A recent Gallup Poll* taken from a sample of Catholics around the USA revealed that nearly half of them do not take the Church's claims to speak authoritatively on matters dealing with sex and marriage very seriously. When asked what beliefs and practices among a selection of twelve suggested they thought were most identifiably "Catholic", belief in Resurrection of Christ and concern for the poor vied for top place, with belief in the Church's teaching about Mary as "the Mother of God" (in other words, Christ's divinity) and adherence to the sacramental system (Baptism, Holy Communion, etc.) rivaling for second. At the very bottom of the list was adherence to a celibate male priesthood. Next to that, near the bottom, adherence to the Church's condemnation of abortion and disapproval of the death penalty was only slightly ahead of its rules on contraception, divorce and remarriage.
All this suggests several things. Most obvious is that the Church's credibility on matters of sexuality is shot and nearly so its authority on matters of life and death. And judging from the direction that legislation has been taking in Europe, even in the so-called "Catholic Countries" one gets the impression that a similar poll there would yield much the same results, even if with some significant differences -- for example, in Europe the death penalty is just about universally outlawed, yet "Catholic" Spain recently approved same-sex marriages.
Another impression is that when compared to many other parts of the world, Catholics in the USA, like those in other in comparatively rich industrialized countries may take their faith (where they still claim it) "with large dose of salt", so to speak, when it comes to what they consider matters of personal, especially sexual, morality. And the poll indicated that the younger and the more educated the respondents were, the more these differences surfaced.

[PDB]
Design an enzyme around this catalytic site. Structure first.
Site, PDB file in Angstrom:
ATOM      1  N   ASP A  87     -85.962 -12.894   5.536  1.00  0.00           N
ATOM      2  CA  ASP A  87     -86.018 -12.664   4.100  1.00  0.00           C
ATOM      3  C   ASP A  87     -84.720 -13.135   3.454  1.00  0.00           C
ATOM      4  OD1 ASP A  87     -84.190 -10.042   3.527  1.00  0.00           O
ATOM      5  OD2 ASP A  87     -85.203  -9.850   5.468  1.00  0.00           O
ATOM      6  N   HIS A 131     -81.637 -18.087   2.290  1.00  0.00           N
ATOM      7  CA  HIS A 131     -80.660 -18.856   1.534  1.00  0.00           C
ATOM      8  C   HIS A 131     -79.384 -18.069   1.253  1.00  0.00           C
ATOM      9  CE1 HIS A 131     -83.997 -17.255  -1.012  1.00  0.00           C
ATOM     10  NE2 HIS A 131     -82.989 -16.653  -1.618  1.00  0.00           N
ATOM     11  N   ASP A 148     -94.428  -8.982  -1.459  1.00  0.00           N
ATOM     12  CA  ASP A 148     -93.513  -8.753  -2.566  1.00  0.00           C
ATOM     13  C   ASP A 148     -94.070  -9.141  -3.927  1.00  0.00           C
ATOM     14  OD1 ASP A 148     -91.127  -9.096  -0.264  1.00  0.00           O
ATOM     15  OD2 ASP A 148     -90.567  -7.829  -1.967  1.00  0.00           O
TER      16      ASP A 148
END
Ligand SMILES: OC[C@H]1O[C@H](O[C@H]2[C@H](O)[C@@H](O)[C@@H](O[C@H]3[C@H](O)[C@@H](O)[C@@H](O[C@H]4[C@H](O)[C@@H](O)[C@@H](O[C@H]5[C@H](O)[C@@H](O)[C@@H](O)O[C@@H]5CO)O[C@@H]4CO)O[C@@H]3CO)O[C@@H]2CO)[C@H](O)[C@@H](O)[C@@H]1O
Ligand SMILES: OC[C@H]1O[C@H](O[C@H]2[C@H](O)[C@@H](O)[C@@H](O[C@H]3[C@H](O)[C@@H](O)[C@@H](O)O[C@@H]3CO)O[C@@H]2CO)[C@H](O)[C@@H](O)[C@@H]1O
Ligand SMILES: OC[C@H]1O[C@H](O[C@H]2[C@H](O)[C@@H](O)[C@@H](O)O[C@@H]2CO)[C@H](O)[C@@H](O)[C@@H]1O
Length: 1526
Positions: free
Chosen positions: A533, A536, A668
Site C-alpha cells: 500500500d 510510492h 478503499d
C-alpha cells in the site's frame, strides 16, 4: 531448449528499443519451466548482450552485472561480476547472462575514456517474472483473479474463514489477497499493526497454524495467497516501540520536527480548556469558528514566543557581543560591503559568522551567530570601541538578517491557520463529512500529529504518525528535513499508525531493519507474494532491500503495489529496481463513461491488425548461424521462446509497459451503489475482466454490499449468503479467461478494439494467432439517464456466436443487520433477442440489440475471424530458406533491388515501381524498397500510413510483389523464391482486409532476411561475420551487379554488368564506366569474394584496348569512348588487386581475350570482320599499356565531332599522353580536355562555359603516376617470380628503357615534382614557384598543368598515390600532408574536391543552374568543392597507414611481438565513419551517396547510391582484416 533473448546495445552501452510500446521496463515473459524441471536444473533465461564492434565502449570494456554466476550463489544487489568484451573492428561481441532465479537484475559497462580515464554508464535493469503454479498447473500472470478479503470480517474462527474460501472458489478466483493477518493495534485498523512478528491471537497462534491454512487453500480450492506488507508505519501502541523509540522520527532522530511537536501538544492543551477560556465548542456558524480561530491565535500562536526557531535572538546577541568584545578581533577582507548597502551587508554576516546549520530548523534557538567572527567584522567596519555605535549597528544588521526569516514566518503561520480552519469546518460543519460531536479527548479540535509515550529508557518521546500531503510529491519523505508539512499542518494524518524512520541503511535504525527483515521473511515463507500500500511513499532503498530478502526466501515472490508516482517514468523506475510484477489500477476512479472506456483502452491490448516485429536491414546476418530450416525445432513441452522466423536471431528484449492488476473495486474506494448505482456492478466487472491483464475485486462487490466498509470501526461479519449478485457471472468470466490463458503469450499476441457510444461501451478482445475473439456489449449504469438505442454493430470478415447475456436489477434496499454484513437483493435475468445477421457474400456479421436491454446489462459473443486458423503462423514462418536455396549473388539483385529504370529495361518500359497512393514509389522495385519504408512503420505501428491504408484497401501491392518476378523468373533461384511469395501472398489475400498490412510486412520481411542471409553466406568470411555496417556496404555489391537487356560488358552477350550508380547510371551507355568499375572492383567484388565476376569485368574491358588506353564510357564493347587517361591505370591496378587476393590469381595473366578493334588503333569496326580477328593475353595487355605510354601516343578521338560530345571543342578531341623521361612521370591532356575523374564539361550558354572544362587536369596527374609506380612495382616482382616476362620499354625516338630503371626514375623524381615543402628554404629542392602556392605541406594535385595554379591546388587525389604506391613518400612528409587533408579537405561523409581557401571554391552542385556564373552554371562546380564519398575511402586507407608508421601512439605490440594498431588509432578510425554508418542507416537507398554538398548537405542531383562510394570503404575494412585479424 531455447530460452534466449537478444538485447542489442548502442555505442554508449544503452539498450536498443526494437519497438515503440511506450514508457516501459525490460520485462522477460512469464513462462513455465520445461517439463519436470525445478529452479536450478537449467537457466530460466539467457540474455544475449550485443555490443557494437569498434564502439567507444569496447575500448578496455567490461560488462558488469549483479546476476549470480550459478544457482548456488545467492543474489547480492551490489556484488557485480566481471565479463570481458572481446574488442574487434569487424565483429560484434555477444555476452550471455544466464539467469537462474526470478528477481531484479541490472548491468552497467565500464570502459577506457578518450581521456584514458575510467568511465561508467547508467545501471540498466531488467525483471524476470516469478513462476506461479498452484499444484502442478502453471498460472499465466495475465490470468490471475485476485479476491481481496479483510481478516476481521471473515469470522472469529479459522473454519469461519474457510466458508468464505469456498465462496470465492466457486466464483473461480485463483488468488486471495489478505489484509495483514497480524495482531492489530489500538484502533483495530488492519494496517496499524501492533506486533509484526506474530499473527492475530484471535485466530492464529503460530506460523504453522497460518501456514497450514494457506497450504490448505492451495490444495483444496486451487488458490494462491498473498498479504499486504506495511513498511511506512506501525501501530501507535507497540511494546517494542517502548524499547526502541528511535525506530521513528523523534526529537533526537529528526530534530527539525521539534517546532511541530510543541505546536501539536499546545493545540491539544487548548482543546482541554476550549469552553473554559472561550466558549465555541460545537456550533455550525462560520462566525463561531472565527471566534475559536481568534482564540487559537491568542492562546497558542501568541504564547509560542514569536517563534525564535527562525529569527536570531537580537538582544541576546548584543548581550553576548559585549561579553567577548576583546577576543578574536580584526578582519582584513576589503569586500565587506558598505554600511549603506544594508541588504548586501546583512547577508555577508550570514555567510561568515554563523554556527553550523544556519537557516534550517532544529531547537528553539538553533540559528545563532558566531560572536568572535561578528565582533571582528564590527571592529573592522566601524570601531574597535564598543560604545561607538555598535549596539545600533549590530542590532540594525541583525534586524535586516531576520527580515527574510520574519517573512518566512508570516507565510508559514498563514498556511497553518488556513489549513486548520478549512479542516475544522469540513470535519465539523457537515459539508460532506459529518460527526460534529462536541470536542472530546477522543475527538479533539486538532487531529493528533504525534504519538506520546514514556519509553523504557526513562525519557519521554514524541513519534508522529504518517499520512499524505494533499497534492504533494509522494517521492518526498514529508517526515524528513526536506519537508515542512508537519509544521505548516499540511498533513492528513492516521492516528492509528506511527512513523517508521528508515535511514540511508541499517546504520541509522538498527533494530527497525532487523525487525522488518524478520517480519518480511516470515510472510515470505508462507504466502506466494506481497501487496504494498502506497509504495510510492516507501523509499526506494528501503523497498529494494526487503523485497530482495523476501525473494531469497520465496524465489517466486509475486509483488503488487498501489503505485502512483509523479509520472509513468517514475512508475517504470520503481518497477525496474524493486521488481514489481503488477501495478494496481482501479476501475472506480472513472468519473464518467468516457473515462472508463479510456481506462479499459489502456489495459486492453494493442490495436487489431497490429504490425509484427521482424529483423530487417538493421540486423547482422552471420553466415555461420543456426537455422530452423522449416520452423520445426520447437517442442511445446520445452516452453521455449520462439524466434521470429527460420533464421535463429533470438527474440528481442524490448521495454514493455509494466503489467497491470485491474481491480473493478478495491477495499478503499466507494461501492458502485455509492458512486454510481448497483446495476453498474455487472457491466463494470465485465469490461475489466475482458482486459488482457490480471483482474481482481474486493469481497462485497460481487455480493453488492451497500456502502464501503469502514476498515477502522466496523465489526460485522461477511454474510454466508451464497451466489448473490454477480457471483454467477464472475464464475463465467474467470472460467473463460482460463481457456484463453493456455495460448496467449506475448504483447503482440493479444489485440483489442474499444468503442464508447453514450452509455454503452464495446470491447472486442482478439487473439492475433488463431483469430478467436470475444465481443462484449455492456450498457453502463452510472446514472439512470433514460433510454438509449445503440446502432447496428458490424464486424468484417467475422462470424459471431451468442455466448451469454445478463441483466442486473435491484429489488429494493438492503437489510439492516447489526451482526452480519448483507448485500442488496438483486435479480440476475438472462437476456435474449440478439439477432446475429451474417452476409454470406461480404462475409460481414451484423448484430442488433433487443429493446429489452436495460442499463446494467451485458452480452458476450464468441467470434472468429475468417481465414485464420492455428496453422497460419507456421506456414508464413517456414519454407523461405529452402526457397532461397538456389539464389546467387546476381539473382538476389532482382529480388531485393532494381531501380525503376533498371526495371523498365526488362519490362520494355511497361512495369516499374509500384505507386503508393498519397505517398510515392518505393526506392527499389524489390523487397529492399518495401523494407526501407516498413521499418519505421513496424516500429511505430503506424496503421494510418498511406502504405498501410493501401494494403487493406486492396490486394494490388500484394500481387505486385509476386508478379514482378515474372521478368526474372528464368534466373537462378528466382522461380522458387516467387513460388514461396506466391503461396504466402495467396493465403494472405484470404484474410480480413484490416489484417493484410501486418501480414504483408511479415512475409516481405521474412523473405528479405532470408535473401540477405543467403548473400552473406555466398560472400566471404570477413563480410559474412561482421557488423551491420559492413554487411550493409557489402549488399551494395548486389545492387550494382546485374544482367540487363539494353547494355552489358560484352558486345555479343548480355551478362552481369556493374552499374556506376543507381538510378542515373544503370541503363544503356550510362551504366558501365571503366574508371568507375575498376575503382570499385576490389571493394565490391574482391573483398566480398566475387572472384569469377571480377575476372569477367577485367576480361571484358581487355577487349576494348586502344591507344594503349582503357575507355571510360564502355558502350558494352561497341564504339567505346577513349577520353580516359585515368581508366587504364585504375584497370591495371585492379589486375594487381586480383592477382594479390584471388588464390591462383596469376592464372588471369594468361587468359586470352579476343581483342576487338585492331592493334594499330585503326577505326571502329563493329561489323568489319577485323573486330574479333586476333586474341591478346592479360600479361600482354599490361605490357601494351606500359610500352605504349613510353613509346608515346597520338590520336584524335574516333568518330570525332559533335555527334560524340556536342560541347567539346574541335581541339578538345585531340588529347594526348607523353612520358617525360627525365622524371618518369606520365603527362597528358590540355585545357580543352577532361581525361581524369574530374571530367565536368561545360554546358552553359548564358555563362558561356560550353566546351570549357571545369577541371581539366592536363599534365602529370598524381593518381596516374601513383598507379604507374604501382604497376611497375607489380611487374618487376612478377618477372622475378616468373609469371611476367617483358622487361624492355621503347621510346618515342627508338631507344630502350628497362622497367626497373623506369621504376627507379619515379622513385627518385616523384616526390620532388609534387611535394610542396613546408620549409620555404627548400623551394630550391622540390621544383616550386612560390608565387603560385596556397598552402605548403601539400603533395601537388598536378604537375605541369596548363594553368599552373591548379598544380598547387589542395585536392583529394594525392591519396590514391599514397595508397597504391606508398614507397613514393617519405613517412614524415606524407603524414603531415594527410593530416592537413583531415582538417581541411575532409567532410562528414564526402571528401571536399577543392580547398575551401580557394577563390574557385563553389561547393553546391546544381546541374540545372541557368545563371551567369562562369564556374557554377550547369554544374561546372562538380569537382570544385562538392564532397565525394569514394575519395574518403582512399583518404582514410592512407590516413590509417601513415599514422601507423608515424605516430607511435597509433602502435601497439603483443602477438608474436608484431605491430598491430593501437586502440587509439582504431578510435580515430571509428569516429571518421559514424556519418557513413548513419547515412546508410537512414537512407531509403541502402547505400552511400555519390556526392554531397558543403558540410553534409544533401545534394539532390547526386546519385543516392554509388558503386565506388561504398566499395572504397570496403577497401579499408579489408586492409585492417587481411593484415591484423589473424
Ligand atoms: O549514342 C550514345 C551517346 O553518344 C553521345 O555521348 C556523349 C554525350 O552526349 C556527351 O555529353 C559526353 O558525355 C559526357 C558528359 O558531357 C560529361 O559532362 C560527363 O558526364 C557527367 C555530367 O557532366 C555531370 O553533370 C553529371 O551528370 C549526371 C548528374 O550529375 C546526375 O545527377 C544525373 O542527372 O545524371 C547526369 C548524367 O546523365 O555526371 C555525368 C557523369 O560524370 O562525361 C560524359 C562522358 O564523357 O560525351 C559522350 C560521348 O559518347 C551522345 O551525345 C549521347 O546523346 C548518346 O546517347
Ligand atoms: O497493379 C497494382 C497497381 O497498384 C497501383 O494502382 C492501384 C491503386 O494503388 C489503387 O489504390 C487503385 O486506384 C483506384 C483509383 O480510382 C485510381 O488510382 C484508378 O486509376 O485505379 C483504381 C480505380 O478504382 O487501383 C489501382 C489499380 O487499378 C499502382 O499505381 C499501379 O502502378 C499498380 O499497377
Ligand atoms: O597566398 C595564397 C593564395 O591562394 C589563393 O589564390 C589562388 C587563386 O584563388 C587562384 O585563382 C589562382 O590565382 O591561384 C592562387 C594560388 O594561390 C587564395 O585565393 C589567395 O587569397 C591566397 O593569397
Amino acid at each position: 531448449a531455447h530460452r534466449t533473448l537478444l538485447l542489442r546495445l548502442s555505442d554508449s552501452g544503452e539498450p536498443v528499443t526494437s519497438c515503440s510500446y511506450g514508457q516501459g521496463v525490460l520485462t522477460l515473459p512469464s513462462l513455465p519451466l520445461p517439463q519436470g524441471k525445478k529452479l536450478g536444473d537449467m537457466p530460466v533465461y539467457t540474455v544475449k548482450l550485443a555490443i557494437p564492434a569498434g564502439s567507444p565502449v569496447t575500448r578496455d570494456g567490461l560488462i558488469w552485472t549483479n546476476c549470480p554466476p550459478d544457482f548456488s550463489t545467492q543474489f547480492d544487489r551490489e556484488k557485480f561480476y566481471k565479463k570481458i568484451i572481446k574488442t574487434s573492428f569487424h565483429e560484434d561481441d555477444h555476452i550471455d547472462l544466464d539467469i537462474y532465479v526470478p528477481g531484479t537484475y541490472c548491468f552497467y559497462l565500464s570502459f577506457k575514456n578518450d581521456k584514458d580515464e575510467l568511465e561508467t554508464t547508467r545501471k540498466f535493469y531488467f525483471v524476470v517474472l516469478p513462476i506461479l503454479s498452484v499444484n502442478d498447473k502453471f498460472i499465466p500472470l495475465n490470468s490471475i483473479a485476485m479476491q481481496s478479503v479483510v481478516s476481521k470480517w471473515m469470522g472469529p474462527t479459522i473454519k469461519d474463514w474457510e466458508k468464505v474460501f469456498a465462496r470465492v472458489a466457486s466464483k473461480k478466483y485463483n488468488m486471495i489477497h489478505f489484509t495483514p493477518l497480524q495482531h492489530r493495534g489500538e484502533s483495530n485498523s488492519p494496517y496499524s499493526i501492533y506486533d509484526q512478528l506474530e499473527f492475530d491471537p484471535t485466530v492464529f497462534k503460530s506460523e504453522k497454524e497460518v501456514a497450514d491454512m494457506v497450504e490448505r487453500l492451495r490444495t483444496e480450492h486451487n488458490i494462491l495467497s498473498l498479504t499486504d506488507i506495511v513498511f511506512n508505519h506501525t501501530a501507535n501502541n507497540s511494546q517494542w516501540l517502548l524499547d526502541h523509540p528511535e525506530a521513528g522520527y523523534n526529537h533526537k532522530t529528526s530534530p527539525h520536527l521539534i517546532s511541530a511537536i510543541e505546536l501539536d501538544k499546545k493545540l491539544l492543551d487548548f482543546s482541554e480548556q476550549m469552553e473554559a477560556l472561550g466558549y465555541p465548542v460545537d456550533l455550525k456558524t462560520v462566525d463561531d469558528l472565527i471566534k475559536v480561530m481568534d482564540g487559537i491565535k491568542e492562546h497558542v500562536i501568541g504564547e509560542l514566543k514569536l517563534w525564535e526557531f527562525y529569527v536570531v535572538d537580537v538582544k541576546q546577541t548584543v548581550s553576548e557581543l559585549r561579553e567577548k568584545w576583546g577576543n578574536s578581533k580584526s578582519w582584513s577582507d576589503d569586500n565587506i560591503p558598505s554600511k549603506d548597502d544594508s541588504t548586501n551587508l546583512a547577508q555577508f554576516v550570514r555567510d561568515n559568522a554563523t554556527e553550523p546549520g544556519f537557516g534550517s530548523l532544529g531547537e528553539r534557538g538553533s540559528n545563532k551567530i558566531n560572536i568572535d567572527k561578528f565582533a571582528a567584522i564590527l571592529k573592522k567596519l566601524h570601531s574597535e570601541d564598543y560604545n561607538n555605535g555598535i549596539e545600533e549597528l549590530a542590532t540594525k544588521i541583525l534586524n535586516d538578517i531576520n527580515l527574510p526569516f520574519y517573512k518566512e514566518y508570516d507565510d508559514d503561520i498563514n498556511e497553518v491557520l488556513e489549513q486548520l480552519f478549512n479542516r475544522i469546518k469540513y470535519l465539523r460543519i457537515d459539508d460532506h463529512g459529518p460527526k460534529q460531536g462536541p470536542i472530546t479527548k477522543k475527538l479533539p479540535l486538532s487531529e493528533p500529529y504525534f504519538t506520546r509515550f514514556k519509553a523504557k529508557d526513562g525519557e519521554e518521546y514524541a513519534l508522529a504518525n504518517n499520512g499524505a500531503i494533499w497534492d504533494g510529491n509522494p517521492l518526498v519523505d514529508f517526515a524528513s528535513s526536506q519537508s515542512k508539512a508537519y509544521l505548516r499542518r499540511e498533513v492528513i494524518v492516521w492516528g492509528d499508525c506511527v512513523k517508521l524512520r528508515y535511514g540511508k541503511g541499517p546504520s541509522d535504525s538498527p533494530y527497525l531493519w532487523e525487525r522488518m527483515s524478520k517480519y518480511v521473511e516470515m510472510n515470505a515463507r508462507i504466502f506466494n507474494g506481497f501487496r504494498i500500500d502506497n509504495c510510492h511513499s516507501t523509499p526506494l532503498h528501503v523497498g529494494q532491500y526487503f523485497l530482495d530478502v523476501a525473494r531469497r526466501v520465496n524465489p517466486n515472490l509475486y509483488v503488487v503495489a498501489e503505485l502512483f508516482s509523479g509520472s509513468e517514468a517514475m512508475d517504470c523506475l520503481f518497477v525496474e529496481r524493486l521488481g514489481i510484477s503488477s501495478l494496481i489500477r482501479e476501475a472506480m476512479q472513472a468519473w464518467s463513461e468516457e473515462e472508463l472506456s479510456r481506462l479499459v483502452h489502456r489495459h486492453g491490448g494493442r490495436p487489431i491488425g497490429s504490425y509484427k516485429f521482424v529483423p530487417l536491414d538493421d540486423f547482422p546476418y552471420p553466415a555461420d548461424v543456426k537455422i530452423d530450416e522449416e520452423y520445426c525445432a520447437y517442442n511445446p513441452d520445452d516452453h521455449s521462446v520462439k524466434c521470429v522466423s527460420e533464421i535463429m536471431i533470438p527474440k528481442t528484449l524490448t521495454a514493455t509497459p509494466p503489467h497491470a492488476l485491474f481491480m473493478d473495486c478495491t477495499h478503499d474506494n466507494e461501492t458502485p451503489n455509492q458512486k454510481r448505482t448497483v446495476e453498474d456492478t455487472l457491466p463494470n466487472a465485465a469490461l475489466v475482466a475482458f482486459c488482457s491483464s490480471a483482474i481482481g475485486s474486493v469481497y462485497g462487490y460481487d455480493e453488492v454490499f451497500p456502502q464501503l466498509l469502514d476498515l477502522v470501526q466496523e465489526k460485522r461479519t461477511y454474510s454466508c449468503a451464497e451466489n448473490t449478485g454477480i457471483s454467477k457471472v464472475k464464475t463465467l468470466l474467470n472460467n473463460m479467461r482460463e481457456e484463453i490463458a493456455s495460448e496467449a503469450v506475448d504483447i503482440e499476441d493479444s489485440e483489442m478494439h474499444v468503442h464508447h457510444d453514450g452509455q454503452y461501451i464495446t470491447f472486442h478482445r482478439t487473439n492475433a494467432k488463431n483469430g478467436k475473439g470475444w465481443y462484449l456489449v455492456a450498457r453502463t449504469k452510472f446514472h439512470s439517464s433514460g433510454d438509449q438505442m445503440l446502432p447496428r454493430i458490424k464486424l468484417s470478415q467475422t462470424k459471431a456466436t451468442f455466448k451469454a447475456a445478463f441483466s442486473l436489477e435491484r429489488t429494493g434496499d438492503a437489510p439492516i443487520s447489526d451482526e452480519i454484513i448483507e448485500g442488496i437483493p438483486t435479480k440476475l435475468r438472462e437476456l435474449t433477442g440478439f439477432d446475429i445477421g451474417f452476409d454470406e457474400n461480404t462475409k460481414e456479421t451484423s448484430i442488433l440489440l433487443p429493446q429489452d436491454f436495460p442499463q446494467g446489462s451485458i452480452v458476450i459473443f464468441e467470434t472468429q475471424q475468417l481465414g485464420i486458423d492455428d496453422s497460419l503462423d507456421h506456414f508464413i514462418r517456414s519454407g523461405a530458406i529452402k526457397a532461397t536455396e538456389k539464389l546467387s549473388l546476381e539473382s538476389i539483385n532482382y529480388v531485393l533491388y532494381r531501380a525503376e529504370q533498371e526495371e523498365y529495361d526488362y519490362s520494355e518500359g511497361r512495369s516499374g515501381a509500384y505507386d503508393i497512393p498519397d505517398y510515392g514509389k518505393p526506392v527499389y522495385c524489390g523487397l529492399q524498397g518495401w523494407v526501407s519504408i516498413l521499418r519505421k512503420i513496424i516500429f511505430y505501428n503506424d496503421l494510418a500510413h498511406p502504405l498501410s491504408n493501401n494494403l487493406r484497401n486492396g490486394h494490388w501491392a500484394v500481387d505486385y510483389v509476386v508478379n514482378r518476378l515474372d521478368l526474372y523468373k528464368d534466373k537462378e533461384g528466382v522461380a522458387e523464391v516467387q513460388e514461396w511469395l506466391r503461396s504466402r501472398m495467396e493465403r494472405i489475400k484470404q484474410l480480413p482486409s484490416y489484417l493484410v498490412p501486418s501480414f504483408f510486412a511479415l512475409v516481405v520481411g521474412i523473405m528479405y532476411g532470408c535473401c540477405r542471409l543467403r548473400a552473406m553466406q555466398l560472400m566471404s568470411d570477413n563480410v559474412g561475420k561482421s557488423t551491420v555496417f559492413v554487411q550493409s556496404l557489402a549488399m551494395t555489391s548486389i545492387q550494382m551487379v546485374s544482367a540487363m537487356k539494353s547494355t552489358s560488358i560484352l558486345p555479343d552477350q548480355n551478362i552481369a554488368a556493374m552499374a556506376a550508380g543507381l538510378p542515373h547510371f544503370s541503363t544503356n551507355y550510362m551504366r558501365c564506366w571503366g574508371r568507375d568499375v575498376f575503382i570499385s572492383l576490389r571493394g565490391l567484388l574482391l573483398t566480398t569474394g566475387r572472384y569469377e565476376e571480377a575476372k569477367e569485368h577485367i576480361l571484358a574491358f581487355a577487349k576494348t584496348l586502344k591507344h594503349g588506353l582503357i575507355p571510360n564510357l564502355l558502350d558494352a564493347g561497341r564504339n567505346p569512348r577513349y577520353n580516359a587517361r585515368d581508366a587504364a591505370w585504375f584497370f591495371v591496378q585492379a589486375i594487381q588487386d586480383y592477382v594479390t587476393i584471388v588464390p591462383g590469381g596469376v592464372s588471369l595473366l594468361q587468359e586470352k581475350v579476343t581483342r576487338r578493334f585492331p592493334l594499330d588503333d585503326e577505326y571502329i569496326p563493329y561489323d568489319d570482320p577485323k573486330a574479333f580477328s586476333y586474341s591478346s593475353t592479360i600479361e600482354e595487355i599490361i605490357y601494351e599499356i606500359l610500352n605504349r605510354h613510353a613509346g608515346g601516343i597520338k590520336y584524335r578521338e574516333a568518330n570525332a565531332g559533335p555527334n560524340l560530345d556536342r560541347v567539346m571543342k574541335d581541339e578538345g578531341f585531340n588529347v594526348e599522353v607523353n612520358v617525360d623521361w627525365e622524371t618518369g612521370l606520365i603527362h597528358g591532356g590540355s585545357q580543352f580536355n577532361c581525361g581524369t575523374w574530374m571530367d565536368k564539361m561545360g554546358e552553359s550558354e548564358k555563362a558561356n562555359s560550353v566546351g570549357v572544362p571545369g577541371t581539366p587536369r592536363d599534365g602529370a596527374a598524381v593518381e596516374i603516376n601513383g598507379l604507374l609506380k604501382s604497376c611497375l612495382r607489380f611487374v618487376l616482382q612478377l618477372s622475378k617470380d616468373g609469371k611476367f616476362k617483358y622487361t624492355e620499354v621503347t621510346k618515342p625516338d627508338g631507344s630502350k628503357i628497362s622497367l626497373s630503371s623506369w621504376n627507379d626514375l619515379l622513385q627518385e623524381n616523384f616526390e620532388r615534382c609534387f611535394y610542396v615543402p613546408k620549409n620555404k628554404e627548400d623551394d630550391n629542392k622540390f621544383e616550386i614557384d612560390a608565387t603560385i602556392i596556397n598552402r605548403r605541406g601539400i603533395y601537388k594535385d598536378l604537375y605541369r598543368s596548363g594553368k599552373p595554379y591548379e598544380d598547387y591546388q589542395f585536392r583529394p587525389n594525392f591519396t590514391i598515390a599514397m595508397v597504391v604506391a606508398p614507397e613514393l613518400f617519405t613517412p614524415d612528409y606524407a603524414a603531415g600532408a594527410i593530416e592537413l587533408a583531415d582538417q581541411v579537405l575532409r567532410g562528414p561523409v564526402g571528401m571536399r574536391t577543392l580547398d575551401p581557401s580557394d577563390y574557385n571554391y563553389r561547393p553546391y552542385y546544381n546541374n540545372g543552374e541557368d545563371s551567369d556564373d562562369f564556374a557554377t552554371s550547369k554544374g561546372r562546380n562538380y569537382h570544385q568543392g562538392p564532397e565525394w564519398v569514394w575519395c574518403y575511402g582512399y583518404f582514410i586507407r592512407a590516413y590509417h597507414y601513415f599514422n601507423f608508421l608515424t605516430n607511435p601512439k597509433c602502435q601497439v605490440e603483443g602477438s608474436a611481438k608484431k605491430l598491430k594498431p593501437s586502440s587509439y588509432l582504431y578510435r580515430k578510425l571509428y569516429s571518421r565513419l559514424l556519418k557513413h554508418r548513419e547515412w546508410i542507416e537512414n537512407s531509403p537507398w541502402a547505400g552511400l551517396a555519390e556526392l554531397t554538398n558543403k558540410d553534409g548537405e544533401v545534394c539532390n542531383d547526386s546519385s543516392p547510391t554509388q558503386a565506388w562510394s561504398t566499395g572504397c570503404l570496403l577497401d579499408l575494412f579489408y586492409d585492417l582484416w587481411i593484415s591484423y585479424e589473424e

Of course, some may point to the top of the list to emphasize the bright side of things as a confirmation that the really essential elements of Christian belief are still intact. True, but it is always easier to say you believe in something rather than live up to the tougher implications of those beliefs and the moral requirements of Christian living. With this in mind, the Church has generally been quite forgiving.
Nevertheless, I see real trouble down the line. It has been reported that the new pope has
long held the view that the Church must continue to insist on doctrinal
conformity even if the price of doing so will be to shrink in numbers. It has also been reported for some years that
those in charge of the
My own guess is that unless the official Church, especially the Vatican, becomes more attentive to what its younger and more educated members (especially those in the United States and in Europe) are saying, that its future, even in the rest of the world, is going to become, sooner or later, more and more limited. True, as Jesus said, "Many are called but few are chosen." But if those who are supposed to be doing the calling don't understand the thinking, or even the language of those to be called or can come up with more persuasive reasoning to change their thinking, then the future of world-wide belief in the Church as a moral authority doesn't look very promising.
* See the National Catholic Reporter, Sept. 30, 2005.
Disbelif.doc 624 words 06-01-05.html